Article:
The press loved the idea of an ‘American in Paris’, coming out of the tradition of people like Joséphine Baker … Patrick marketed his designs in a new way.¹
– Mary Ann Wheaton, former CEO and president, Patrick Kelly Inc.
Patrick Kelly had a shrewd and unconventional vision in every aspect of his creative output and that included advertising campaigns. Mary Ann Wheaton, former CEO and president, Patrick Kelly Inc., said Kelly went against the norm of showing only one model in an advertisement, instead made a reputation of showing his collections on a group of models, along with him, in all advertisements, gaining free press because it was different. “It was Patrick’s idea to put six models in his ad campaigns. He was adverse to showing any one model in the advertisements. He wanted them spread out, looking wild, and having fun … It was ingenious of him.”¹
Another marketing trademark of Kelly’s was at the beginning of a fashion show he would draw a big heart, expressing his love. His shows were “press-bate”; at interesting locations, with themed, theatrical, and choreographed events that people talked about. Models would perform on the runway in groups as if they just arrived at a party, dancing to popular music, moving with freedom – not your typical catwalk. And the shows would end with Aretha Franklin’s gospel. Remember this is Paris. It was quite a scene! Wheaton said, “the press loved the idea of an ‘American in Paris’, coming out of the tradition of people like Joséphine Baker … Patrick marketed his designs in a new way.”¹
The magic, the joy, the beauty, the love – Kelly and his brand were one and the same. Elizabeth “Ms. Liz” Goodman, designer and right-hand to Patrick Kelly reflected on her time with Kelly. She remembers how positive he was on making it big. She said he would say to her:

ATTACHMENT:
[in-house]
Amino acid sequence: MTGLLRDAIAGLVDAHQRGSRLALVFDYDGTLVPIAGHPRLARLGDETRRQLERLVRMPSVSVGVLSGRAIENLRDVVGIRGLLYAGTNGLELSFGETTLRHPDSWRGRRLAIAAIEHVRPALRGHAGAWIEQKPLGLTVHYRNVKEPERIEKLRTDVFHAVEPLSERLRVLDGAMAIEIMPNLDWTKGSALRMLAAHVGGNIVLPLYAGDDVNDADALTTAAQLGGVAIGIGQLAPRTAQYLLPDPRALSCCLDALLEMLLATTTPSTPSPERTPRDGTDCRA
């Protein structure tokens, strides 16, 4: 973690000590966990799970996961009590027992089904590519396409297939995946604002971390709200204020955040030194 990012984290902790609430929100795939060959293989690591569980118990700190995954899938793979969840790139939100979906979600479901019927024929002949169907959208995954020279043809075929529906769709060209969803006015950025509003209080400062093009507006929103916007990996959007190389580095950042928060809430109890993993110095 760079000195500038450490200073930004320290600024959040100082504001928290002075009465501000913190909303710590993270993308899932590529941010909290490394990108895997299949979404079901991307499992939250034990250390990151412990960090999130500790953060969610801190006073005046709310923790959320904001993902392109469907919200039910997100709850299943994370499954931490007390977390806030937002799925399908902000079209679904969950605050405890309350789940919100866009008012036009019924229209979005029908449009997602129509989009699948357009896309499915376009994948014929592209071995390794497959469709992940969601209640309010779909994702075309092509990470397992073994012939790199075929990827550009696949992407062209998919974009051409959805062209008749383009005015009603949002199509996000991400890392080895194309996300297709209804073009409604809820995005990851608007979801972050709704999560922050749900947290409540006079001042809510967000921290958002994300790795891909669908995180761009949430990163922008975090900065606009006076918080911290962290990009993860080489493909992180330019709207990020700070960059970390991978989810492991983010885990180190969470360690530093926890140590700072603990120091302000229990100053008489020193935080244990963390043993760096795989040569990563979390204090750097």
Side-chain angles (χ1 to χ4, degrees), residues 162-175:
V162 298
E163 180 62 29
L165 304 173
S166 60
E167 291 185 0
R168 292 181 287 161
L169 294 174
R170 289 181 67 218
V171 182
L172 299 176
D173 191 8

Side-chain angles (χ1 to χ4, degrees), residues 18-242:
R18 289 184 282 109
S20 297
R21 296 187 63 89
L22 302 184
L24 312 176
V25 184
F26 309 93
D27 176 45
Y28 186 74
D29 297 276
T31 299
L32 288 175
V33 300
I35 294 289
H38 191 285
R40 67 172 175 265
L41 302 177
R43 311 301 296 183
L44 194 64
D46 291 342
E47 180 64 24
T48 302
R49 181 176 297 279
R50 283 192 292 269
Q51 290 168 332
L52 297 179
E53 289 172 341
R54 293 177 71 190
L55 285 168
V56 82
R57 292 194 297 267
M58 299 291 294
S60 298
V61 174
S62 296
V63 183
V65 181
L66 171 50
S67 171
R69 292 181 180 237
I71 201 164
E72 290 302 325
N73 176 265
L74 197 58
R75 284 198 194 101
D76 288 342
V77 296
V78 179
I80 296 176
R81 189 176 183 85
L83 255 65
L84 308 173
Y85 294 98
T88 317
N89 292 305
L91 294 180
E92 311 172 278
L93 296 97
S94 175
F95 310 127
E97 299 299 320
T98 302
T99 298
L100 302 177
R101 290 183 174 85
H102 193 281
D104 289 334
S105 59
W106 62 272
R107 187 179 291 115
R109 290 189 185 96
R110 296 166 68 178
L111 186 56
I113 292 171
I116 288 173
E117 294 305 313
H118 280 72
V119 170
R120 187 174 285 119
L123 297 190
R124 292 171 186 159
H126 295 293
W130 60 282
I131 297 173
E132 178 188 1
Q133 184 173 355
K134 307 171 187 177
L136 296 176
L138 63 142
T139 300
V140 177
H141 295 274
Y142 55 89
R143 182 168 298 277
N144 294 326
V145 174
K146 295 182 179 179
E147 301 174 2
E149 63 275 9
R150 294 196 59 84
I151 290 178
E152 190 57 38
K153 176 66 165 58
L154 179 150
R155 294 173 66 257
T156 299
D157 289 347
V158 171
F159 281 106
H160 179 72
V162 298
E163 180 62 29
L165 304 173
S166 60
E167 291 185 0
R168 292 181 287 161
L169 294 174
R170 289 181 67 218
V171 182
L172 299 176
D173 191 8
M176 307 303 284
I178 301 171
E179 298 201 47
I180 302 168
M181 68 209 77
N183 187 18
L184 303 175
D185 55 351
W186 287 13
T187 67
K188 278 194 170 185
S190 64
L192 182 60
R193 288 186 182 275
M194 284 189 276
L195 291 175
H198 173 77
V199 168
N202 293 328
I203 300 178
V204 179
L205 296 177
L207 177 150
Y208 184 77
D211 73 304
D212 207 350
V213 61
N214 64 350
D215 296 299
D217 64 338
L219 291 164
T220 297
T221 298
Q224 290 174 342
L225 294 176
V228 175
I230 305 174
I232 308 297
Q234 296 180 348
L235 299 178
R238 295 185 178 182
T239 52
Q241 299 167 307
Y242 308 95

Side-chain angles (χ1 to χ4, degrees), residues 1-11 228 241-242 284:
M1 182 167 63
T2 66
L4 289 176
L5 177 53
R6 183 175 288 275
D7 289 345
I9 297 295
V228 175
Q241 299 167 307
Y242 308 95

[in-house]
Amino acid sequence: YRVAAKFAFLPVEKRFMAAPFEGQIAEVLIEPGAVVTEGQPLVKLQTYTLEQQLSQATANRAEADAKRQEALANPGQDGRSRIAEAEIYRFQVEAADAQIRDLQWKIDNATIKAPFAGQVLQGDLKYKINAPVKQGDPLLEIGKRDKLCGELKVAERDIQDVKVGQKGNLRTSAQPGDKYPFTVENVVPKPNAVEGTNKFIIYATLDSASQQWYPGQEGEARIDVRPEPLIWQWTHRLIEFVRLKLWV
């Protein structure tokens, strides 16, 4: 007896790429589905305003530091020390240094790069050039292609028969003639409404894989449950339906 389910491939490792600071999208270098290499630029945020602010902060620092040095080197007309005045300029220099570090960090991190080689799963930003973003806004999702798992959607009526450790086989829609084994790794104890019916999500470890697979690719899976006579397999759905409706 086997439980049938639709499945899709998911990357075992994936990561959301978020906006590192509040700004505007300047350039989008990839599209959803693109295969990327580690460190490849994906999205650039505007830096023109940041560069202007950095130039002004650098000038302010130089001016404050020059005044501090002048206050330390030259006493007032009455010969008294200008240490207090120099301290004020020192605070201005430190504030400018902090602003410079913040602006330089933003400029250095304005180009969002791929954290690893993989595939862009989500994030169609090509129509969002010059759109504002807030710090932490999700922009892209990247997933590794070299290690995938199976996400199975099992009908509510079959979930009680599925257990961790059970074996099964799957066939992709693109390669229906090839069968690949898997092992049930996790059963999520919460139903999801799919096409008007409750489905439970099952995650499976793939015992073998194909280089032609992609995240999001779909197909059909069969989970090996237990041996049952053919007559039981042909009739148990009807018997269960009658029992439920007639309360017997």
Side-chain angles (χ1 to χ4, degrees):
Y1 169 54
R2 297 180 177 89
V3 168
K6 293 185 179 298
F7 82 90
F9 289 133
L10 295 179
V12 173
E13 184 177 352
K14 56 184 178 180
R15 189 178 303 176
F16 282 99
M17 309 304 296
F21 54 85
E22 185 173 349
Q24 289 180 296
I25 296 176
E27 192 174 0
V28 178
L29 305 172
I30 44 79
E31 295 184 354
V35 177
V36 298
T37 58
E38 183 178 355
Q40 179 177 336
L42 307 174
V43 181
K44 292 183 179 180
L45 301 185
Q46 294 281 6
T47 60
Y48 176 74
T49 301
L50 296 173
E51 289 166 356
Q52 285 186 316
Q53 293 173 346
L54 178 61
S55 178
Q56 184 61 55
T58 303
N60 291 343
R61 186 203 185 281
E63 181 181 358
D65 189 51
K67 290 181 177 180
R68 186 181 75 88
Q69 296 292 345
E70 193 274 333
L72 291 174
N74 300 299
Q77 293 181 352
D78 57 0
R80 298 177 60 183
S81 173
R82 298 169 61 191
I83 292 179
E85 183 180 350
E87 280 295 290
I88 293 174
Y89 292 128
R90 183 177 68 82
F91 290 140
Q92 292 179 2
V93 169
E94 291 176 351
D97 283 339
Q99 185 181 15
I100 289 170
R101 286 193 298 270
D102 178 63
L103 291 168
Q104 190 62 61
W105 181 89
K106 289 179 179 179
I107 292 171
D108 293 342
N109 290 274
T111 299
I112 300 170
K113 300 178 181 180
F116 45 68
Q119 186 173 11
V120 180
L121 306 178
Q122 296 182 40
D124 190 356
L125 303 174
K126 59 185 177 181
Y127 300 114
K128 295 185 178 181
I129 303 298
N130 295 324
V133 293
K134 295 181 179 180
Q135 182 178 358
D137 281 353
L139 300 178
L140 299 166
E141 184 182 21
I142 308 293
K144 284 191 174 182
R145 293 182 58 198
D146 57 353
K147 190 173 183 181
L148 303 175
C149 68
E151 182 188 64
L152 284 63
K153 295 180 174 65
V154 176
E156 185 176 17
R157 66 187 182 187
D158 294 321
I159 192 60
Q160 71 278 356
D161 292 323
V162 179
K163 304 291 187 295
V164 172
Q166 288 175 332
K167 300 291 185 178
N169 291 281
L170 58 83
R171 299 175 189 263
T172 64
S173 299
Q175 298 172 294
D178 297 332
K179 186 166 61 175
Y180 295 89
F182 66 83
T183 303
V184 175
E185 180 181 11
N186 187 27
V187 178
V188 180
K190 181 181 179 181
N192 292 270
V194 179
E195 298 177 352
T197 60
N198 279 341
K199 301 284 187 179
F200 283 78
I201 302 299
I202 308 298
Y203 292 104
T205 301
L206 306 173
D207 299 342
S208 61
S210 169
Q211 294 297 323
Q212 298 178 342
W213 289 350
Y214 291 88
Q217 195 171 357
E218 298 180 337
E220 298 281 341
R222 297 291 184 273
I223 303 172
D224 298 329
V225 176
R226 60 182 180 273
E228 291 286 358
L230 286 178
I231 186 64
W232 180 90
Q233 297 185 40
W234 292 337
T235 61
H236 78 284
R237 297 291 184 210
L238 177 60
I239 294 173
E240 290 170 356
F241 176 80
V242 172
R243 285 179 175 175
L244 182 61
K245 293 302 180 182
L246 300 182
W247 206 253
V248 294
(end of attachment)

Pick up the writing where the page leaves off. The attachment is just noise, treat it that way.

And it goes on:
‘Child, you know we’re going to make it one way or another … child, we’re going to do it’. So, we did it. We did the best that we could, for what we had at that particular time. He evolved from a little young American from Mississippi to a grand master of fashion in Paris.²
EDGE Fashion Intelligence Fashion Culture series presents The Patrick Kelly Story, acknowledging the significant contribution he has made to fashion’s history. Fashion Culture provides educational content of untold stories of the under-represented historical and contemporary contributors to fashion’s history. The Marketing INGENIOUS of Patrick Kelly is the fourth story of a four-part essay. “Fashion Culture | Beauty, IDENTITY, and Representation: The Patrick Kelly Story” is the first that contextualizes the content of the de Young Museum exhibit, Patrick Kelly: Runway of Love, as a ‘ground zero’ for studying the work of Patrick Kelly. “I LOVE Lycra Dresses and Spare-Ribs”: The Patrick Kelly Story is the second story that delves into the depths of Kelly’s use of racist imagery and why it was (and still is) important as a national conversation. Kelly had a unique ability to reclaim, reappropriate white society’s racist imagery, used to degrade and oppress Black people, into a beautiful body of work that we are talking about today. BUTTONS and BOWS, etc.! A PICTORIAL View, The Patrick Kelly Story is the third story, highlighting a visual journal of his work.
1. Camerlengo, Laura L., ed., Remembering Patrick Kelly, “Patrick Kelly Runway of Love” San Francisco: Yale University Press with The Fine Arts Museums of San Francisco, 2021.
2. “Patrick Kelly: The American in Paris”, YouTube video, 22:12, The Fine Arts Museums of San Francisco, 24 November 2021, https://www.youtube.com/watch?v=u59WAjIdqfM&t=1078s
Feature image: Patrick Kelly’s Spring/Summer 1989 advertising campaign. Photograph by Oliviero Toscani. Courtesy of the Estate of Patrick Kelly. Scan by Randy Dodson / Fine Arts Museums of San Francisco